Asta Nielsen: Hamlet & Die Filmprimadonna (Web Exclusive)
Reviewed by Martha P. Nochimson
Hamlet (1921) 111 min., Die Filmprimadonna (1913) fragments, B&W with color wash; DVD released by film und kunst Ltd. and Deutches Filminstitut-DIF 2011, Edition Filmmuseum #37, www.edition-filmmuseum.com.
The boxed set that contains Asta Nielsen’s Hamlet and the fragments that remain of her performance as a film diva in Die Filmprimadonna is less a presentation of the films than it is a celebration of the astonishing talents and enterprise of the Danish actress, Asta Nielsen (1881-1972), who began her professional life on stage in Denmark, but whose film career was spent almost entirely in Germany. Nielsen is considered one of the first international movie stars, a sex symbol in her day whose erotic presence on the screen led to the banning of her films in the United States. Despite the breadth and depth of her popularity all over Europe, however, she was one of the stars of silent film who could not make the transition to “talkies” and stopped making movies after only one sound film. In 1936, she left Germany and returned to Denmark, although it appears that Joseph Goebbels offered to give her a studio of her own. Her flight from Germany was politically motivated, and, from Denmark, she attempted to help the Jews who had been imprisoned in concentration camps by using a young Danish friend who had remained in Germany to funnel money for food to the inmates. Although she never acted in film again, she did work on the stage and wrote on both art and politics during the remainder of her long life. Little known in the United States, Nielsen deserves much better than the near oblivion to which she has been relegated. For that reason, this boxed set should be of interest to cinephiles.
The set contains a disk of “extras” that include fragments from Die Filmprimadonna and fragments of film taken of Asta Nielsen in her private life: black-and-white frames of Nielsen and her daughter and sister; Nielsen on tour with her third husband, Danish director Urban Gad in Frankfurt; Nielsen at the beach with Gad; and color frames of Asta as an old woman with a number of unidentified friends. There are also fragments of film in color showing the musicians working on the new score written especially for the restored print of Nielsen’s Hamlet. Of special interest are the scenes in the German film studio in which much of what remains of Die Filmprimadonna is set, giving us useful information about the technology of early film. However, the primary disk in the box, which contains the 1921 film in which Nielson plays Hamlet, is a historical curiosity of greater magnitude.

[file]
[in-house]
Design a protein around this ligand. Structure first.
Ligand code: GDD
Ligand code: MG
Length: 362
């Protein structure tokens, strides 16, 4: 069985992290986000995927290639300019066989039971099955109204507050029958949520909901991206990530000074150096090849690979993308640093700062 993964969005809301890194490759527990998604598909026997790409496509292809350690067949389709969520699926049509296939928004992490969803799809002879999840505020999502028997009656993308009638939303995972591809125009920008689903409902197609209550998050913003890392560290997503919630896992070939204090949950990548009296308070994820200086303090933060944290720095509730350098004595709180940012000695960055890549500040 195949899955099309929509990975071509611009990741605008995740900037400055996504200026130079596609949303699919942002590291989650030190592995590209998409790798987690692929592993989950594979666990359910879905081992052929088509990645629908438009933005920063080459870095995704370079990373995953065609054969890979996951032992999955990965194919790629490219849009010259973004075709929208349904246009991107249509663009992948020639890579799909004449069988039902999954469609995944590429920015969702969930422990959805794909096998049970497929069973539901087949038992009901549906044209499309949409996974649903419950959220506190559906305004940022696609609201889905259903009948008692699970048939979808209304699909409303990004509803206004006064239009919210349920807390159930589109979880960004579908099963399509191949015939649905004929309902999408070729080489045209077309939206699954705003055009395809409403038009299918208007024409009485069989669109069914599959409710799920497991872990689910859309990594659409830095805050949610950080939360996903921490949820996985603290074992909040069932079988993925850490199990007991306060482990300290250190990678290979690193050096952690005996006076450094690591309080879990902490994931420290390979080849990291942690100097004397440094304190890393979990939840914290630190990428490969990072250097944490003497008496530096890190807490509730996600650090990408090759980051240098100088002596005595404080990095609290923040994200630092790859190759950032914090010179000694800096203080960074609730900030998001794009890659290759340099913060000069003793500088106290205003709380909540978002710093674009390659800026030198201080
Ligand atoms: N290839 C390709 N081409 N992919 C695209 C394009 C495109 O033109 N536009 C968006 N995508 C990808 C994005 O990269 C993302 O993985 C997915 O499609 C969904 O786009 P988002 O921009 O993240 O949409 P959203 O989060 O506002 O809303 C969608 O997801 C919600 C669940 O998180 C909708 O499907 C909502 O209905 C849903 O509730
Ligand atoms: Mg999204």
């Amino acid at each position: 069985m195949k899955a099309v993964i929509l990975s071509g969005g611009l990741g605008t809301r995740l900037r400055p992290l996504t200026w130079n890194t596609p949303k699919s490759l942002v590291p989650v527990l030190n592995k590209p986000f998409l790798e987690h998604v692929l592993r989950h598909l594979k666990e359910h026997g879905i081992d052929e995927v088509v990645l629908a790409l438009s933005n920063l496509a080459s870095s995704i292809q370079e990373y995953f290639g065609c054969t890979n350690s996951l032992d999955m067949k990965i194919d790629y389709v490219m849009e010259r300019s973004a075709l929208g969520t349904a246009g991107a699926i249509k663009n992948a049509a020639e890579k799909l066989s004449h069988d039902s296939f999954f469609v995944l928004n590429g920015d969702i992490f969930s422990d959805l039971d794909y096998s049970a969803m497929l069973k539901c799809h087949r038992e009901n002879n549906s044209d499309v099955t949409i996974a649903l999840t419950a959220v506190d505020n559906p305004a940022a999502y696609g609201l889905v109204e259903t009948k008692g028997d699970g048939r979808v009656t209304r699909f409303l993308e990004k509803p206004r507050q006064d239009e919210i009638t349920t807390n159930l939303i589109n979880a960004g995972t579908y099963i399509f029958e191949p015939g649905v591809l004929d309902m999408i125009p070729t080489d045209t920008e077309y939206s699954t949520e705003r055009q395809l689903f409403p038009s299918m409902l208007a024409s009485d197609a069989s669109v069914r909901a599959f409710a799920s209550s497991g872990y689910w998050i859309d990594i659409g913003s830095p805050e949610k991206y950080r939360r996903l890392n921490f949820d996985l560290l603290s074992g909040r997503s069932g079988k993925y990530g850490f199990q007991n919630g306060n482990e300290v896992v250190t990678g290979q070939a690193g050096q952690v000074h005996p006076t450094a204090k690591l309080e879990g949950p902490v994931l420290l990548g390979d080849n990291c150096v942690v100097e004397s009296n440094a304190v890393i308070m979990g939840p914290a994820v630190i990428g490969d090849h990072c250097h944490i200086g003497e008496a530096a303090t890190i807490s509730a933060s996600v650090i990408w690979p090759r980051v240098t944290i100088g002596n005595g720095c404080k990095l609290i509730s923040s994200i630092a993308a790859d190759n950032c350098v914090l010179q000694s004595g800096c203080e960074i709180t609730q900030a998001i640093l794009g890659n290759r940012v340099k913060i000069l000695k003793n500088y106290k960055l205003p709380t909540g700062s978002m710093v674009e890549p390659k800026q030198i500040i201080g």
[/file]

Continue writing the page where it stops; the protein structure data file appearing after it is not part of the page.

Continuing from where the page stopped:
Access to Nielsen’s Hamlet has been brought about by a Lazarus-like return from the dead, since there are no known negatives of this film in existence. This Hamlet was brought back to life through the restoration of a distribution print owned by the Deutsches Filminstitut which has been augmented by some frames from a French version of the film struck from the same negative as the German print. The English intertitles derive from German censorship records and are not only well translated but also very easy to read. Many of the black and white frames are liberally washed with a variety of colors.
But the most riveting feature of this silent screen cinematic adaptation of Shakespeare is the way it plays freely with the official version of the play. Influenced by the ideas of an American professor named Edward P. Vining, who insisted that Hamlet was in fact a woman, the film features Nielsen playing Hamlet as a woman in deep disguise, whose identity has been hidden from everyone (except old King Hamlet) by Queen Gertrude for political reasons. For Nielsen, it’s a tour de force. For Vining and those who followed his crackbrained logic, it is an attempted solution, as laughable as it may be to most of us, to the question of why Hamlet found it so hard to kill Claudius. In Vining’s words,
[I]f we imagine that the poet here portrayed a woman incapable of accomplishing the revenge which the perturbed spirit of her father had imposed upon her...suffering from a hopeless love that she might never reveal [for Horatio]...incensed far more at the sacrifice of personal purity made by her mother in marrying again...than even by the murder of her father...that which before seemed at variance with all ordinary [italics mine] modes of thinking becomes an exhibition of the deepest human feeling.
“Ordinary” is the key word here. Professor Vining subscribes to the mainstream discourse of the times, which imagines women to be lesser than men. And, of course, Vining’s loopy insistence that Hamlet’s hesitation in all things must mean that “he” is a “she” also provides a clear, if simple-minded, explanation of why Hamlet is just not that into Polonius’s daughter Ophelia, and why it is Fortinbras, not young Hamlet, who is destined to take the reins of leadership in Denmark. Nielsen’s dark, boyishly slim “Prince” of Denmark, with her sleekly bobbed hair unfairly regards curly-haired, fair, curvaceous Ophelia as a kind of dopey cow, as well as competition for Horatio, with whom she is in love. And she’s too preoccupied mooning over the unattainable love of her life to think of the kingdom. But women are like that, according to this film. So it is no surprise that in the Vining-verse, Queen Gertrude is a sex-crazy shrew, who looks like a demonic Margaret Dumont, and who never wanted a daughter to begin with. This Gertrude is explicitly dramatized as Claudius’s willing accomplice in the death of old Hamlet and Laertes’s willing coconspirator to kill her own child with a poison drink during a duel. Once noble old Hamlet is gone, Denmark is kaput.